16. 16. English/English LanguageENG1H-AQA GCSE Mark Scheme 2012 January seriesAO3, iii Q6 uses complex grammatical structures and punctuation with success organises writing using sentence demarcation accurately Band 3 employs a variety of sentence forms to good effect including short sentences 6-8 marks show accuracy in the spelling of words from an ambitious vocabulary; uses standard English consistently writes with control of agreement, punctuation and sentence construction Band 2 organises writing using sentence demarcation which is mainly accurate; 3-5 marks employs a variety of sentence forms shows accuracy in the spelling of words in common use in an increasingly developed vocabulary uses standard English usually writes with some control of agreement, punctuation and sentence construction Band 1 organises writing using sentence demarcation which is sometimes accurate 1-2 marks writes simple and some complex sentences shows some accuracy in the spelling of words in common use uses standard English sometimes Nothing to reward6 Indicative contentCandidates’ responses should be expansive and developed, showing evidence of thoughtful and consideredideas, persuasively argued, reflecting the 24 marks available.Candidates may include some of the following ideas in the article: Show that the topic is understood –that it is a polemic intended to fire a response- and suggests a negative view of young people today. The implications are that they have security, affluence and diversions like no generation before them. Perhaps recognise the link with Source 2 which describes a challenge and achievement which required courage, hard work and determination in a life that was not easy. Arguments articulated against the statement might explain that life for some young people is little more that a continual challenge concerned with attainment, peer pressure, ambition and success as well as any personal, familial or relationship fights they might have. Alternatively the writing might explore the ease with which we take for granted well-being, comfort and luxury compared with others in the world and that some young people are lazy, feckless and disaffected with no idea of the challenges facing young people elsewhere. For higher marks candidates may widen the response to a generalised / moral position e.g. it’s good to have challenges and to fight for what you want or believe in; alternatively, that such things are underrated, enthusiasm should be avoided and life is too short to be a hero.Candidates may employ anecdote and personal narrative –but sparingly for higher marks, where comment, and considered,persuasive ideas will be more evident. 16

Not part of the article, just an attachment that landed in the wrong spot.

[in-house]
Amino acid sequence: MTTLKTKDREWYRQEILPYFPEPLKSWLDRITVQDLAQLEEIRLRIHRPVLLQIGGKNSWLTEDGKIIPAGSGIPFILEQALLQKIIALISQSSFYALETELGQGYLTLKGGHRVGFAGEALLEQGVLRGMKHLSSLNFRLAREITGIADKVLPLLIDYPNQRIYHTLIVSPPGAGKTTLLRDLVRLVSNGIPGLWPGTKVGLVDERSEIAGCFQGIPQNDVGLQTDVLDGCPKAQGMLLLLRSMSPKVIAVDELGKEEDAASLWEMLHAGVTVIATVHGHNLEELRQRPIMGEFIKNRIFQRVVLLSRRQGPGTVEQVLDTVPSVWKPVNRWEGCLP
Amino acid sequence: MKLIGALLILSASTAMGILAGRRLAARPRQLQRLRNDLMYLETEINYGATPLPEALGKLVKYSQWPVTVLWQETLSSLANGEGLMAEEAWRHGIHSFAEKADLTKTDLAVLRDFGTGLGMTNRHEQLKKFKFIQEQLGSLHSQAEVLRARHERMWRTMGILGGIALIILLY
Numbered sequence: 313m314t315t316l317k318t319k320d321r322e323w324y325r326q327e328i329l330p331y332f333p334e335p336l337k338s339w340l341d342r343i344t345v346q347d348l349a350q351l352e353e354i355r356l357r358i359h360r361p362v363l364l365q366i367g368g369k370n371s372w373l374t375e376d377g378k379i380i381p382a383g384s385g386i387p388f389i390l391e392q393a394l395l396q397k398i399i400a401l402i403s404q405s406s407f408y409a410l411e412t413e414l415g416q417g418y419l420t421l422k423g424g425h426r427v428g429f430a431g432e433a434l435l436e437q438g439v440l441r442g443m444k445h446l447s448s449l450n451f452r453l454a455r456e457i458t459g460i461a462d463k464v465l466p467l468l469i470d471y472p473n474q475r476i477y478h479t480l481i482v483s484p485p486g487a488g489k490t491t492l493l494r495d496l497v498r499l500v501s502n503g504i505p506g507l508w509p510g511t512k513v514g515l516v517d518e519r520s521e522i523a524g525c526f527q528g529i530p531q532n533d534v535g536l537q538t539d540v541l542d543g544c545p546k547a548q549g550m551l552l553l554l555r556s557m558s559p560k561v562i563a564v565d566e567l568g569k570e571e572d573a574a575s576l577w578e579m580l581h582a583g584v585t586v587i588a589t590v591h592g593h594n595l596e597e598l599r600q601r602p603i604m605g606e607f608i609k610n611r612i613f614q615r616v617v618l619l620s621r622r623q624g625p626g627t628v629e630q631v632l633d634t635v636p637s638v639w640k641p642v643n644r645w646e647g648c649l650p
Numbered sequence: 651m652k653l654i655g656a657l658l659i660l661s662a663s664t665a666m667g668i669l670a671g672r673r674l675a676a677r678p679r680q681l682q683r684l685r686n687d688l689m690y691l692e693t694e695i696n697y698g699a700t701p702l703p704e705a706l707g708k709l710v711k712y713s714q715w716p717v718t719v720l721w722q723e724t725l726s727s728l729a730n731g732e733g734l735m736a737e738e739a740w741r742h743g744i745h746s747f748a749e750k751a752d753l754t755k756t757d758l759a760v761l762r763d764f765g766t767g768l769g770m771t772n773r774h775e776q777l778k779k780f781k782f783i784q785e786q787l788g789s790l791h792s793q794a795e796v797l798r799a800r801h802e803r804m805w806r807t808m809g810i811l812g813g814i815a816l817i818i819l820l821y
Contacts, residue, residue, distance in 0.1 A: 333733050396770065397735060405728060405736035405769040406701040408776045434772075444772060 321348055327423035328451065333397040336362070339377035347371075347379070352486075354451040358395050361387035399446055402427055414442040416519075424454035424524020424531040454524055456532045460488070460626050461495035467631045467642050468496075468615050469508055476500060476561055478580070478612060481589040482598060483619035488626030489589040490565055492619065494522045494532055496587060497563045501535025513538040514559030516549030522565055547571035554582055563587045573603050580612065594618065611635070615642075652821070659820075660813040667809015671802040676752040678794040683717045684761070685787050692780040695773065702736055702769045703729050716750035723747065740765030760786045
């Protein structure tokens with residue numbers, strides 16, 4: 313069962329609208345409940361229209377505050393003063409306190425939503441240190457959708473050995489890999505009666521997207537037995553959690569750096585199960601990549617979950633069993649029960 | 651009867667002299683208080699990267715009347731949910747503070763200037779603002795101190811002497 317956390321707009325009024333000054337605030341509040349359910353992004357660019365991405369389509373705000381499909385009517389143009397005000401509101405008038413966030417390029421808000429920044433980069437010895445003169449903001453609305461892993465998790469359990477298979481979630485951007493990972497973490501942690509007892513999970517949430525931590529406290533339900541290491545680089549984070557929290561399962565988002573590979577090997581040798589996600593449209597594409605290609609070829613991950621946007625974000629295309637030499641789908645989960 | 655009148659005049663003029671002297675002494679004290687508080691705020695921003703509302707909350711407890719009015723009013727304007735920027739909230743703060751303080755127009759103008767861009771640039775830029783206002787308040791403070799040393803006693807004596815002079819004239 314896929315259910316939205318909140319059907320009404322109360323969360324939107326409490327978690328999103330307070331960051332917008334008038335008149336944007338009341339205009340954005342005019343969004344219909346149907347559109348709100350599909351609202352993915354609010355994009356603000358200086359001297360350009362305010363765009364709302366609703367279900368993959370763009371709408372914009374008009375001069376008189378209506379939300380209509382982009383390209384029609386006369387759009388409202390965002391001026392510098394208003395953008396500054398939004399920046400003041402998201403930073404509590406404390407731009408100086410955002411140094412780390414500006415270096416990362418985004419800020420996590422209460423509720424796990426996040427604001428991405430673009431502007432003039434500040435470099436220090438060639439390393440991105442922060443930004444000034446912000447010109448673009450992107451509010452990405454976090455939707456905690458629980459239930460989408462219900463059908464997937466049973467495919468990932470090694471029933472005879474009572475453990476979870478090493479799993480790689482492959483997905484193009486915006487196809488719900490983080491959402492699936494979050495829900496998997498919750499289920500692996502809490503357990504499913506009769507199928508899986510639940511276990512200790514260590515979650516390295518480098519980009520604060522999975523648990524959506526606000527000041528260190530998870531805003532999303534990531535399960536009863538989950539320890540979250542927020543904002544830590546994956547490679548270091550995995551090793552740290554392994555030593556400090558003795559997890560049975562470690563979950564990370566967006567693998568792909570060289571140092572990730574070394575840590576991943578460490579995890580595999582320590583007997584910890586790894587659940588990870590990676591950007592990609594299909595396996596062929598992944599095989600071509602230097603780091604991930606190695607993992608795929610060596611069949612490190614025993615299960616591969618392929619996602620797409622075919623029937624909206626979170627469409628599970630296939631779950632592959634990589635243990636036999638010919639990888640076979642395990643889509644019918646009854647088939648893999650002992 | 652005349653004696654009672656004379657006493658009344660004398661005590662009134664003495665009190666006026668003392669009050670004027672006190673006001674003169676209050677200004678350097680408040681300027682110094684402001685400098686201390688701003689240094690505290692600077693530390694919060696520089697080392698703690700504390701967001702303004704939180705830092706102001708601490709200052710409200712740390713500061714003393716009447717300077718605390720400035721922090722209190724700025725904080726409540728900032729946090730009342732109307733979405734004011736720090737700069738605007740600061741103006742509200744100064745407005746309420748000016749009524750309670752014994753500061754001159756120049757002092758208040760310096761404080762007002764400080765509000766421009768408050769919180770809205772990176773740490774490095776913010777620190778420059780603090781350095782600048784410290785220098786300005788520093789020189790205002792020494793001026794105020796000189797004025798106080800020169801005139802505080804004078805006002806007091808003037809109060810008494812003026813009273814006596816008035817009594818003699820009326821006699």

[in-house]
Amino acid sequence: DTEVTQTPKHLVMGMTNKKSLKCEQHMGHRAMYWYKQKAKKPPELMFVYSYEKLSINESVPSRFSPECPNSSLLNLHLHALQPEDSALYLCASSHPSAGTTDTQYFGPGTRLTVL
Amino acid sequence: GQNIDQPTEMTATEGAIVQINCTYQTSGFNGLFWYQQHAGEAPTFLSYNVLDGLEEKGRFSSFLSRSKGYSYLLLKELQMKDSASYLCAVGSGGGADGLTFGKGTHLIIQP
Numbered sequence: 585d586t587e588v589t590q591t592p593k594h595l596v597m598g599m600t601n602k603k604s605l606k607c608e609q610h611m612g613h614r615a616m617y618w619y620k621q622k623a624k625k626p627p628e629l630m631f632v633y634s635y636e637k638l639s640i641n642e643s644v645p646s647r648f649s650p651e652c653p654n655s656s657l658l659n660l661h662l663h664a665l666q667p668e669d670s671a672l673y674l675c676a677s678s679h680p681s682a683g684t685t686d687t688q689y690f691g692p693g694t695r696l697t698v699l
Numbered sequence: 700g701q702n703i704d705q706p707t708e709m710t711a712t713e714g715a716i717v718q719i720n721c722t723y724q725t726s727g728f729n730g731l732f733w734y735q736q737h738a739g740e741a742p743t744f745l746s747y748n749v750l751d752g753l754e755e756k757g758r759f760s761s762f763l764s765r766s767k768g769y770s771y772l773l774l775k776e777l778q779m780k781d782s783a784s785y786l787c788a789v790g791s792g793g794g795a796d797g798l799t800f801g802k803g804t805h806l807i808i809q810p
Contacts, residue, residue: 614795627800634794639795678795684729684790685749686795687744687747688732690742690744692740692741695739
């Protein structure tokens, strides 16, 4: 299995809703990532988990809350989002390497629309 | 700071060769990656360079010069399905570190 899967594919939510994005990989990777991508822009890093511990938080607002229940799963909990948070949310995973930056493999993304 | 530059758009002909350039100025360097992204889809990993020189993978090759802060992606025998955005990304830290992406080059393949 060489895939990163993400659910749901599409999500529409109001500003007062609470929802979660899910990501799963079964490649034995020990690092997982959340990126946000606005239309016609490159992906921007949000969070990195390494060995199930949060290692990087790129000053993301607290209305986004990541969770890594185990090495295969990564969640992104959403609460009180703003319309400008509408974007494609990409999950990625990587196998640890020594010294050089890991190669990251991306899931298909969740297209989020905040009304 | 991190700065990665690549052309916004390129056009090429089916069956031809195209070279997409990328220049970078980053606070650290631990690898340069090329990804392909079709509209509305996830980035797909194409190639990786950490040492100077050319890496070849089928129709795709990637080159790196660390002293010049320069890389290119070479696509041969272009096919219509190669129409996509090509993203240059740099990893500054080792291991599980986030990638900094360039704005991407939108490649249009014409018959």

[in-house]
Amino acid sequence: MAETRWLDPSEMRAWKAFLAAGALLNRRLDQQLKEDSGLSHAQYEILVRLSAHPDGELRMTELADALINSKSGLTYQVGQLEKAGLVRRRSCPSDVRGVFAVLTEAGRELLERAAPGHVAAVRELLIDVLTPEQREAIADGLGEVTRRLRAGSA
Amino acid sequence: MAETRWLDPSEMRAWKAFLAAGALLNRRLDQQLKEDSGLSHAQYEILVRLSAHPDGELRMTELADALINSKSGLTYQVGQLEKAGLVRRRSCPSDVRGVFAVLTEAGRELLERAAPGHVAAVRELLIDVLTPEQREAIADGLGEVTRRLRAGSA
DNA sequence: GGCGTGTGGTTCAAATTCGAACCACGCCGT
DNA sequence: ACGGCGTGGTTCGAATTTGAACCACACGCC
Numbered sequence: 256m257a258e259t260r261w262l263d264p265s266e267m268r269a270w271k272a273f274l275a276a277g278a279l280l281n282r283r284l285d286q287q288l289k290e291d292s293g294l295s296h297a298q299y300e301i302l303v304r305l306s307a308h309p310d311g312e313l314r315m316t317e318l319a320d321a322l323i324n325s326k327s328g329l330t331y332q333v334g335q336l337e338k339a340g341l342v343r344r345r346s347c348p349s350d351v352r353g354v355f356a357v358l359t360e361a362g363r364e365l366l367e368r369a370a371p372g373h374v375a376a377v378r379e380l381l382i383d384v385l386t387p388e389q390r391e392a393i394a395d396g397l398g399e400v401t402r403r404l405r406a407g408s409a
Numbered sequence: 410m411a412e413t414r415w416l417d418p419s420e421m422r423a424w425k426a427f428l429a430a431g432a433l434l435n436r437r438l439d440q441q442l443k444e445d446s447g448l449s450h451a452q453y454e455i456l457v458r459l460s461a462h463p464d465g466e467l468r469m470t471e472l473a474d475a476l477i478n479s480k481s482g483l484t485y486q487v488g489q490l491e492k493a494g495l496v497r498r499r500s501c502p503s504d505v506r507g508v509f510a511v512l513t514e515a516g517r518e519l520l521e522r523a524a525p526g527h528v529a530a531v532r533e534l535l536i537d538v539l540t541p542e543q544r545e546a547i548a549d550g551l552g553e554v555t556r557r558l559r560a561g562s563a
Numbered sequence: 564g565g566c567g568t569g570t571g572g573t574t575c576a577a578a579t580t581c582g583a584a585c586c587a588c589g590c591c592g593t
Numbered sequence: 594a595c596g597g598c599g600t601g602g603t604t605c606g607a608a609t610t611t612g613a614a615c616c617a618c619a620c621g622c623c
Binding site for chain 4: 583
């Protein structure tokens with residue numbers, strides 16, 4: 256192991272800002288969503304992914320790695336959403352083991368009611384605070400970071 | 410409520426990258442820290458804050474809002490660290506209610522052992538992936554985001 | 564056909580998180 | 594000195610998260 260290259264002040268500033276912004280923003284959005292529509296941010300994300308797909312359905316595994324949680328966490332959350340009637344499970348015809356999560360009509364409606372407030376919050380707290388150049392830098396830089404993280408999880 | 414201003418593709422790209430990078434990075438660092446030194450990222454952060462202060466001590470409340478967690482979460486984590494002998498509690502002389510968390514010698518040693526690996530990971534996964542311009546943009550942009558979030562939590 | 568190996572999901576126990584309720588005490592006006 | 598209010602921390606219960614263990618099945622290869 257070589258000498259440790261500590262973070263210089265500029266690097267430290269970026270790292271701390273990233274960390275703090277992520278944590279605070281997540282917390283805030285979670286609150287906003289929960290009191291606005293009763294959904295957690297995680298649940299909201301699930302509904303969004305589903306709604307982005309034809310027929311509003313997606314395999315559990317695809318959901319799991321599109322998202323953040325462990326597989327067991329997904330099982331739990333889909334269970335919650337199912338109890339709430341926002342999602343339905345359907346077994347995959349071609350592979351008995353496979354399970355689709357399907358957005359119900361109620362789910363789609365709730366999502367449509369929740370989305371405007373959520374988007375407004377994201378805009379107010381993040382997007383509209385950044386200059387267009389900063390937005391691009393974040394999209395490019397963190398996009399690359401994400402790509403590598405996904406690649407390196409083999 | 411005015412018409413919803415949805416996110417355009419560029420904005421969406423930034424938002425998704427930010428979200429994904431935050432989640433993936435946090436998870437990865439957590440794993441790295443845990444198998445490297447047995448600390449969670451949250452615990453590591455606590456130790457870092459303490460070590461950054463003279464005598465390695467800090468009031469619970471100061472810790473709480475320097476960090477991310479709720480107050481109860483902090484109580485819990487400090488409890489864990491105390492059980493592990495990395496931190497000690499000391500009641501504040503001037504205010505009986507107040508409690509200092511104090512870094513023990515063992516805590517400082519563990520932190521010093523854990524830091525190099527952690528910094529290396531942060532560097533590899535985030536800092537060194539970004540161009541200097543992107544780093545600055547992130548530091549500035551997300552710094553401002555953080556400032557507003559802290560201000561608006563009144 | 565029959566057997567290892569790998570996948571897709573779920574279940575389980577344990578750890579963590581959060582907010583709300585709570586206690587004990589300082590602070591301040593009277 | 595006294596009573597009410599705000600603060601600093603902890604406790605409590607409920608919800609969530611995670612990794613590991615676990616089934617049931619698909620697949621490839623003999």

17. 17. English/English LanguageENG1H-AQA GCSE Mark Scheme 2012 January seriesAssessment Section Objective A B 2(i)  2(ii) 2(iii)  2(iv) 3(i)  3(ii)  3(iii)  17